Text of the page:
- #StopHateforProfit, the advertising boycott targeting Facebook, began on Wednesday with hundreds of companies participating.
- CEO Mark Zuckerberg agreed to meet the campaign’s leadership despite telling staff that the boycott won’t deter future business.
- As Facebook’s shares fluctuate, the boycott’s effectiveness remains open to analysis, as do the implications for publishers and advertisers.
Last Wednesday, #StopHateforProfit began its Facebook advertising boycott for at least the month of July. The ad pause saw an 8.3% fall in Facebook’s share price, which has already already varied due to its handling of the COVID-19 pandemic, hate speech and historic political voter interference.
Following failed attempts to prevent advertisers from withdrawing, CEO Mark Zuckerberg agreed to meet the boycott’s organizers this week. Zuckerberg reportedly told employees that the company’s policies will not be changed by “a threat to a small percent of revenue” and dismissed the boycott’s revenue impact. Analysts, Pathmatics, tallied Facebook’s 100 biggest ad spenders at less than 6% of its revenue. The top 25, according to CNN, accounted for almost 3% of Facebook’s 2019 revenues at an estimated $2 billion.
How far does the boycott reach?
Questions surround the boycott’s effectiveness and longevity. CNN reports that most of Facebook’s 100 biggest advertisers are still running ads, including 22 of the largest spenders. The BBC also identifies small companies as the main source of the company’s revenue. And despite almost 1,000 known brands joining in, one poll found almost 70% either had no opinion or were unaware of the boycott.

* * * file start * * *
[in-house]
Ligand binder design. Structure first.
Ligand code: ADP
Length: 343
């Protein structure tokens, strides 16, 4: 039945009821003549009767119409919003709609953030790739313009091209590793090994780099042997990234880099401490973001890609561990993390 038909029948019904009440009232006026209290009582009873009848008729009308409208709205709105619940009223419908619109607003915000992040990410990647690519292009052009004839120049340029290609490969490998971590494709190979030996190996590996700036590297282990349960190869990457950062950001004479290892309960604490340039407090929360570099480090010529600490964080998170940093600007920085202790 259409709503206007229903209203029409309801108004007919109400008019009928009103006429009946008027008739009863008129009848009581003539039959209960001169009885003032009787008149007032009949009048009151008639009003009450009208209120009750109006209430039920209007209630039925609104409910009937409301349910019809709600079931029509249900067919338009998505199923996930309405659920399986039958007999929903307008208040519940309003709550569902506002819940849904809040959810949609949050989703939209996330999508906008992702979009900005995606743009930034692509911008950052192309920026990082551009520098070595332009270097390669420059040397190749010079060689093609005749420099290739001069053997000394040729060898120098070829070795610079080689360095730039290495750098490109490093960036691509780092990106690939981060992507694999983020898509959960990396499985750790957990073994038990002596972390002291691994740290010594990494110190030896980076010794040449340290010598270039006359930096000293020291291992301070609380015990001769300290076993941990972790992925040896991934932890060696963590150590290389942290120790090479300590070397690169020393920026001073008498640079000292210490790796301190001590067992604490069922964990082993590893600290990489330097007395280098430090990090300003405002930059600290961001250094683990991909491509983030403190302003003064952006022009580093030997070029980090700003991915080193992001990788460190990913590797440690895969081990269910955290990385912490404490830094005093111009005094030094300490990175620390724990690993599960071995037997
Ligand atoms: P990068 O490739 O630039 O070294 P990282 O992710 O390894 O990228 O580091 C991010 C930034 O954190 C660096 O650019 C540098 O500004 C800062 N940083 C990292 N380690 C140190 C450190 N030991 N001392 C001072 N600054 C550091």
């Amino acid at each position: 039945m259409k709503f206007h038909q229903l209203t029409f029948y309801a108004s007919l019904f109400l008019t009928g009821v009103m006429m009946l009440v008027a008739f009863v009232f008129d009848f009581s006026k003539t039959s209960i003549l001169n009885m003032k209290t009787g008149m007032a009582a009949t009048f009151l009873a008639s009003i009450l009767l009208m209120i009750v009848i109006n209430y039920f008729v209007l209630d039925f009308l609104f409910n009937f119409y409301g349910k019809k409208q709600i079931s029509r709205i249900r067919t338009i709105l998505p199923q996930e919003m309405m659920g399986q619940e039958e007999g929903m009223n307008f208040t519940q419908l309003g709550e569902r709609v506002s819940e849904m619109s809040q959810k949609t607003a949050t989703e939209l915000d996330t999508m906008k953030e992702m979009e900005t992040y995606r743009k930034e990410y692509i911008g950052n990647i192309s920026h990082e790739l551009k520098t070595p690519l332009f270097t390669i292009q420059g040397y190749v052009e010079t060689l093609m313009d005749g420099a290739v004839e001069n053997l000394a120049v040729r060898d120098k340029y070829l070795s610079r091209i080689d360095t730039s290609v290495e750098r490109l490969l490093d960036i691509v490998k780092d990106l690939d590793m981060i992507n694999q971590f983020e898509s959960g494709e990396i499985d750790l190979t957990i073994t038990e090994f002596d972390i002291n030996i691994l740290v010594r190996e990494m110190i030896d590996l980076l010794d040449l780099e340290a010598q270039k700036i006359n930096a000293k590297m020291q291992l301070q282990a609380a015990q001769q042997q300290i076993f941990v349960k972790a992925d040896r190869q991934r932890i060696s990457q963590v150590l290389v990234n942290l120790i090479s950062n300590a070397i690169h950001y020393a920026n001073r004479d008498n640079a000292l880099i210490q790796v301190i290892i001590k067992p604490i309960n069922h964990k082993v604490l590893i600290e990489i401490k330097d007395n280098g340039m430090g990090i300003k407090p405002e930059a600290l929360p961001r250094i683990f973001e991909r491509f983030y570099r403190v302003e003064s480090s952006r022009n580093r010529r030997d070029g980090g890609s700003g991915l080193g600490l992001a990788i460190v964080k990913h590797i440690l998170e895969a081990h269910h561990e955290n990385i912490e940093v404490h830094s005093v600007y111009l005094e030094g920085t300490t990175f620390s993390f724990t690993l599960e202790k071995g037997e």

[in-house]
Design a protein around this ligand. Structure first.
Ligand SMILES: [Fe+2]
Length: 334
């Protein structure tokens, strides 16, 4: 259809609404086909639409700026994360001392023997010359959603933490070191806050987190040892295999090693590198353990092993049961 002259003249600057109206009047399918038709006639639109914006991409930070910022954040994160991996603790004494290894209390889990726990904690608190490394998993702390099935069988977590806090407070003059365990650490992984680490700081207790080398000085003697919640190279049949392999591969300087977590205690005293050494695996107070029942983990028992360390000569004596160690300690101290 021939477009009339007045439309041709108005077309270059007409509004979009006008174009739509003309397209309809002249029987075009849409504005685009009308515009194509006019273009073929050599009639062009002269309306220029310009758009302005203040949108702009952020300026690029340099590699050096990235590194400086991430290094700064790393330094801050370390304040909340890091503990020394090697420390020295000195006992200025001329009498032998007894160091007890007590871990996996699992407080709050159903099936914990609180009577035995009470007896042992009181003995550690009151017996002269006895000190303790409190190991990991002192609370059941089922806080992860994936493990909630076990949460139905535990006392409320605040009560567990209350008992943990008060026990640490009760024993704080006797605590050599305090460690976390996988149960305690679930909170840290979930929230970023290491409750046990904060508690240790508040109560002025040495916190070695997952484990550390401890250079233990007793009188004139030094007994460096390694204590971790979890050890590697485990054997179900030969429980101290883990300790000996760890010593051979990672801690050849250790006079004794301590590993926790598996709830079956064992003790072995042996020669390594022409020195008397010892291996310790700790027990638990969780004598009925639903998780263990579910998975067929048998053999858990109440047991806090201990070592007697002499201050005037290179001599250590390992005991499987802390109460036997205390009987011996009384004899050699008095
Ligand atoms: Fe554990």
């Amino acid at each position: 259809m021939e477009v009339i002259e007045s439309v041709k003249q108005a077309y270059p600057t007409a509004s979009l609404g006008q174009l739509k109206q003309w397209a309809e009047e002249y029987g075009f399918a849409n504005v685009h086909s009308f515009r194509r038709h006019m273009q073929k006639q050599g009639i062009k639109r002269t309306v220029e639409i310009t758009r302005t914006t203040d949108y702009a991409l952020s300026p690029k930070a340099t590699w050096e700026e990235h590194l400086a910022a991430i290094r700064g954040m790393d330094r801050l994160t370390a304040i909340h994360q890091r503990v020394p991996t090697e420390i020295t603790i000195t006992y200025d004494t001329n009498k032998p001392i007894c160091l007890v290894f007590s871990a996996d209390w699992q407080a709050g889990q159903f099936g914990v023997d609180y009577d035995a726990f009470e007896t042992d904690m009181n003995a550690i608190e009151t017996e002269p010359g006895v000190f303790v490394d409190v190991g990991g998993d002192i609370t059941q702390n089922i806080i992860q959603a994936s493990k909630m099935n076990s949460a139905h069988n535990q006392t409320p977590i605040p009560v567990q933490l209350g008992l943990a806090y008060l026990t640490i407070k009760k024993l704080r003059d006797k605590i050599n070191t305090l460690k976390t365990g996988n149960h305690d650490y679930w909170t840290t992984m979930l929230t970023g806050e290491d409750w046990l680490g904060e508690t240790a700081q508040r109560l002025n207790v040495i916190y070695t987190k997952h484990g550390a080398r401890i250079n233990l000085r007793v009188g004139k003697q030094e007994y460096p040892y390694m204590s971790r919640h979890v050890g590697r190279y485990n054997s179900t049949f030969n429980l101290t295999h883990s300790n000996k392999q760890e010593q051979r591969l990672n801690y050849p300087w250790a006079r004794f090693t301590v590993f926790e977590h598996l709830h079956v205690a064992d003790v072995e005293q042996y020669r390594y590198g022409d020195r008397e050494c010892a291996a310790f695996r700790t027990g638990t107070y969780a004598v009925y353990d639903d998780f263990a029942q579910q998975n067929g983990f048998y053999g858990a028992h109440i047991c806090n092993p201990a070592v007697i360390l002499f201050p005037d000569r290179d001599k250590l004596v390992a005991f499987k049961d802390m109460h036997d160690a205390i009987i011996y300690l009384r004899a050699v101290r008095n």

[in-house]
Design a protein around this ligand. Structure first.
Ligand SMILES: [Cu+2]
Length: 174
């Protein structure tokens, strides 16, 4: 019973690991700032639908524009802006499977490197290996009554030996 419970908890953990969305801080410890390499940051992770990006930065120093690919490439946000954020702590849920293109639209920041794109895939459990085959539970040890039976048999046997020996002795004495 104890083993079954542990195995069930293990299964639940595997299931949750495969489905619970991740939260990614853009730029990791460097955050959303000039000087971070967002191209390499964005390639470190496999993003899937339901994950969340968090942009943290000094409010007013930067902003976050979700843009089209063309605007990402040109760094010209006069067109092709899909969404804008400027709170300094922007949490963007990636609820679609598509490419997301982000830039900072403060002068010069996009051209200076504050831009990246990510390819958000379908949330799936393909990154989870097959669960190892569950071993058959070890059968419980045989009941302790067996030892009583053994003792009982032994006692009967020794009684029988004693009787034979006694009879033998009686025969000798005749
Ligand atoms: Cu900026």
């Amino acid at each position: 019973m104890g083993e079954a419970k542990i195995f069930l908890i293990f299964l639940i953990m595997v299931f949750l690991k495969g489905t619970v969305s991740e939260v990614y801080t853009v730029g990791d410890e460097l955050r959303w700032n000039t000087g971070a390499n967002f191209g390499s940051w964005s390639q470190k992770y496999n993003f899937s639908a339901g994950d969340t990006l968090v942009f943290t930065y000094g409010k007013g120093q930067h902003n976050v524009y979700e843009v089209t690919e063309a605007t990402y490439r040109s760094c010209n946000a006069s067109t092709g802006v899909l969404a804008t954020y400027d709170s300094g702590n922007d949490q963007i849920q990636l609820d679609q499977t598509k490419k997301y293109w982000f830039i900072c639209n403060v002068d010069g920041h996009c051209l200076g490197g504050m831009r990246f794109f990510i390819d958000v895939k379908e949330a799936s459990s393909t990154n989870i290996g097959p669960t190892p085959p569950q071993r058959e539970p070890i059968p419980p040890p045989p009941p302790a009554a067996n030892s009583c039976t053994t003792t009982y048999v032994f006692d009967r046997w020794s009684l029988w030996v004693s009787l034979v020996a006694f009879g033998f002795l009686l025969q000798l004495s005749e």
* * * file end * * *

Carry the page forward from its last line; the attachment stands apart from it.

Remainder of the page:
Zuckerberg’s comments notwithstanding, Facebook’s latest announcements show awareness of the importance of brand trust. By undergoing a brand safety audit and promising better security for user data and journalists, it is addressing potential threats to its image and revenues.
Advertising Perceptions reported recently that 79% of US marketers only expect digital ad buying to pick up again towards the end of Q3. With digital ad spending forecasts being renegotiated in the wake of the pandemic and the boycott, publishers have a chance to promote their advantages. Values like transparency, compliance, accountability, and verifiability – all things Facebook has been criticised over – are considered cornerstones of the news media Facebook itself has pledged to support.
However, publishers remain even more dependent on ad revenues than Facebook does. Despite funding for journalism from Google, it remains to be seen whether ad purchases will start to flow back to them.